FeFF Founder

Artistic & Executive Director

Leslie Ann Coles


We look forward to celebrating the 20th anniversary Female Eye Film Festival (FeFF), March 10 to 13, 2022, at TIFF Bell Lightbox in Toronto.


FeFF was conceived in 2001 when I observed there were few women directors being represented at international independent film festivals. I was among them, with my film In the Refrigerator. This raised a critical question for me: are there so few female filmmakers or are our films not being selected? This question begat the first FeFF, at Toronto’s Bloor Cinema in November 2001, where we presented 42 independent films, all directed by women.


Fast forward to March 2020. The day after FeFF’s closing celebration, international borders closed because of the global pandemic. Theatrical releases froze, and cineplexes faded to black. In 2021, FeFF met the challenge and produced the festival digitally, with the support of Encore+ and TIFF Digital Bell Lightbox. The pivot was swift and dizzying, but some of the elements that grew out of this crisis will be woven into the fabric of our live event as we move forward.


While we missed the collective in-person experience, we surpassed our expectations and grew our viewing audience substantially, as numbers swelled to more than 8,000 and festival offerings were doled out throughout the entire month of March. Highlights included FeFF’s signature Best in the Biz Tribute and Maverick Award, presented to filmmaker Patricia Rozema on International Women’s Day. Another highlight was Shattering the Glass Ceiling, an impassioned panel discussion that brought together leaders from female-driven organizations: Tonya Williams, executive director and founder of Reelworld; Karen Bruce, executive director at Women in Film & Television – Toronto (WIFT Toronto); Ella Cooper, founder of Black Women Film! Canada; Aisha Jamal, Women in View; Dr. Carol Whiteman, co-creator and producer of Women In the Director’s Chair (WIDC) and executive producer of the WIDC Feature Film Award; and Leslie Ann Coles, FeFF founder and artistic and executive director.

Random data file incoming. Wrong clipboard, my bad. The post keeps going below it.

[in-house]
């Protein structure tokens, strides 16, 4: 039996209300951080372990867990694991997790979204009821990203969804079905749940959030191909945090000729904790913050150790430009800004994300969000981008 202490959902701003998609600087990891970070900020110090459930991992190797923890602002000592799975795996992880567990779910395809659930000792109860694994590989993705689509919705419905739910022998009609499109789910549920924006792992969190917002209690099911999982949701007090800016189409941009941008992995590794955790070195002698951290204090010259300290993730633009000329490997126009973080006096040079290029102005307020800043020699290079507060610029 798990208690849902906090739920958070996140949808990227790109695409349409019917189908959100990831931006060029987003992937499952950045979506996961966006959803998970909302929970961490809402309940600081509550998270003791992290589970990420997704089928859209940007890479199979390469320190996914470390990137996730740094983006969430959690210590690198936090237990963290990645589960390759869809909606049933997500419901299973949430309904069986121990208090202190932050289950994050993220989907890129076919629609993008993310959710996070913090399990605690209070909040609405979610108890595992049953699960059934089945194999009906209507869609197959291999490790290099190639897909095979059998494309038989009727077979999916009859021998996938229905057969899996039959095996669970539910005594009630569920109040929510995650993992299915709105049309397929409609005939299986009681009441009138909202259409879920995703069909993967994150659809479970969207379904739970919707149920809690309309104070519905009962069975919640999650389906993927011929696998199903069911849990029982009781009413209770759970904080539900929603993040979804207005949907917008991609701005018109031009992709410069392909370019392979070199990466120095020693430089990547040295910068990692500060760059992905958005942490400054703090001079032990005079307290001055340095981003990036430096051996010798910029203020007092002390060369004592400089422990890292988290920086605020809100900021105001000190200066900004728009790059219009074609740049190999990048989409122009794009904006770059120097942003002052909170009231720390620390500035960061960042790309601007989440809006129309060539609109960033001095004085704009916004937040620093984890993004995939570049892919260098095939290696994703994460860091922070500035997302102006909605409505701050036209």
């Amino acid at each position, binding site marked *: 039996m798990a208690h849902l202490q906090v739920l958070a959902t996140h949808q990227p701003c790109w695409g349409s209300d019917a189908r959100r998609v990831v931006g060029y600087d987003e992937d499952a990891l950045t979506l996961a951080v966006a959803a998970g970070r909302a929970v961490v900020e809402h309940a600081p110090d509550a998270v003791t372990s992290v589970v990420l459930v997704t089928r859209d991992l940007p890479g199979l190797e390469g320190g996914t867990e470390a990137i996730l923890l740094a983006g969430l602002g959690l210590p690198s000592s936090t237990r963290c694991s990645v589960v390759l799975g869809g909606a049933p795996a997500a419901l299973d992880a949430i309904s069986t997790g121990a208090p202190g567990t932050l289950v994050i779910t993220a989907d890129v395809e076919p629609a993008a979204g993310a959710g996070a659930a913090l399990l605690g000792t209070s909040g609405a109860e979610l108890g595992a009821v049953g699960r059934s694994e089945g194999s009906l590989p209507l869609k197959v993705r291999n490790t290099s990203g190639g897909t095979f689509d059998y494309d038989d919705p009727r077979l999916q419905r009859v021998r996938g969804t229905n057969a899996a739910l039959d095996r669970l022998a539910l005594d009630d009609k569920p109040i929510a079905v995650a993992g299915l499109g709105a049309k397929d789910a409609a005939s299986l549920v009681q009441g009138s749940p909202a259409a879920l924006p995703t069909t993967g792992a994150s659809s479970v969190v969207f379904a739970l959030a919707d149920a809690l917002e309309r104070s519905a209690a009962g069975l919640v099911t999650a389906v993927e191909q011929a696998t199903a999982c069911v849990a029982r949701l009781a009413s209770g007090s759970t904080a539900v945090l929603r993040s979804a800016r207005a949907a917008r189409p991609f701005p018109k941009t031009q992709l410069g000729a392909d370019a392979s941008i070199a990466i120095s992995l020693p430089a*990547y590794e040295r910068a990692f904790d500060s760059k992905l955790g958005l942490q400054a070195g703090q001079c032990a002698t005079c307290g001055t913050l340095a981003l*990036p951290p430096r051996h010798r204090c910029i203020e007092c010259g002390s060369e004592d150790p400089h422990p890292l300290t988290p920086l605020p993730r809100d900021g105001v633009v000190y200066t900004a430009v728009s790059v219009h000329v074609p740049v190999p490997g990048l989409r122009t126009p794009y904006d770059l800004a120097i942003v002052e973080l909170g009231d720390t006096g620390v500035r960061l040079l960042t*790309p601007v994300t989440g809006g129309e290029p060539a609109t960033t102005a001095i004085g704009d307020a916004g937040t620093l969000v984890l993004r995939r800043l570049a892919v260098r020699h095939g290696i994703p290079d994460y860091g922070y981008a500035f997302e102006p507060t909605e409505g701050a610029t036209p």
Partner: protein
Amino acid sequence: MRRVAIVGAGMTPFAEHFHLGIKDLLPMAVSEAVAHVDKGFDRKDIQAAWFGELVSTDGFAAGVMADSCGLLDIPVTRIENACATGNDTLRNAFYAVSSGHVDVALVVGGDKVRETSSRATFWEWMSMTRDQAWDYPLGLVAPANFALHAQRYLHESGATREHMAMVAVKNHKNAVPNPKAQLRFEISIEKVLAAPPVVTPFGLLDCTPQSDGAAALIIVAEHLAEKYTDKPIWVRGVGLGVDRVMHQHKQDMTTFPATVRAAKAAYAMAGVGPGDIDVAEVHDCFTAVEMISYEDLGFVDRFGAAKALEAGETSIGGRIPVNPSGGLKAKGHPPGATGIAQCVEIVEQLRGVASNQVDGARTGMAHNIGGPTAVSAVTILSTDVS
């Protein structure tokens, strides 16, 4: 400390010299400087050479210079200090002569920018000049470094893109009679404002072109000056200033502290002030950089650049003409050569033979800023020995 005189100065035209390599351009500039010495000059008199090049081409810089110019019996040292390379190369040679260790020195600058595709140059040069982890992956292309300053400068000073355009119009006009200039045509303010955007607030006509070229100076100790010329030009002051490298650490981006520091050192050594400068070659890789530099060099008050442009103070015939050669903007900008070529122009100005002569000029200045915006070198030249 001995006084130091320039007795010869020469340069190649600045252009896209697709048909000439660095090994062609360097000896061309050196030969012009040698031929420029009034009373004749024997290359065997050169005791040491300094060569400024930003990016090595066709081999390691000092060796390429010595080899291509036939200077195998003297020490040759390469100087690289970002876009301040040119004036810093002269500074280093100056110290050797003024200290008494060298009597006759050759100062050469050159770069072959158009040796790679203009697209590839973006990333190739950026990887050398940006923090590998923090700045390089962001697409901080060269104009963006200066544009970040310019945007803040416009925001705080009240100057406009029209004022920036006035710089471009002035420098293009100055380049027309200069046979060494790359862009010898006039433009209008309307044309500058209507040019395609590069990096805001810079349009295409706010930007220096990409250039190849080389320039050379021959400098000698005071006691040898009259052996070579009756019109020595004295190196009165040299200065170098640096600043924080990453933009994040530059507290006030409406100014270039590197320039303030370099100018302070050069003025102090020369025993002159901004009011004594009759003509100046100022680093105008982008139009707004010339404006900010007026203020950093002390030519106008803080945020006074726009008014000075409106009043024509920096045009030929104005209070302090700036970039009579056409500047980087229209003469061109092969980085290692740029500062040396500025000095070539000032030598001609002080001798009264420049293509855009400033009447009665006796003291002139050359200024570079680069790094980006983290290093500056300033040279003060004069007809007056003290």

It’s true that the Female Eye was way ahead of its time. FeFF tackled gender inequality in the film industry from its inception by focusing exclusively on women directors. We’ve served to bridge the gap between the written, visual, and media arts with our script development program, book signings, and the annual FeFF Photo Exhibit – a curated group exhibition of works by local female photographers. In 2009, we produced the inaugural Young Filmmaker Development Workshop. In the same year, we launched the Indigenous Filmmaker Series, with filmmaker Jules Koostachin as the program director. To date, we’ve mentored 46 debut female filmmakers, 26 of whom are Indigenous.

In 2014, we moved the needle further by joining hearts, hands, and minds with sister film festivals abroad and began guest-curating programs with films culled from FeFF, many of them Canadian. We have showcased FeFF titles in Armenia, Turkey, Chile, Lebanon, Portugal, and the United States.


As we approach our 20th anniversary, I could not be prouder. I believe my early experiences and observations as an artist and filmmaker shaped the Female Eye, and as I reflect on the last 21 years I realize it’s now come full circle. I’m delighted to have returned to my own creative work. In 2020, I was invited to join the Directors Guild of Canada and the Writers Guild of Canada following the success of my award-winning documentary Melody Makers. In 2021, I received development support from Telefilm Canada for feature films and was recently awarded a Creation grant from the Canada Council for the Arts for my short film The Curtain, which I’ll be directing in February 2022.


May we all continue to stand strong and in solidarity, knowing that there’s room at the table for all of us – and if the table is not big enough, we’ll build a bigger table.



Leslie Ann Coles (She/her),

FeFF founder and executive director

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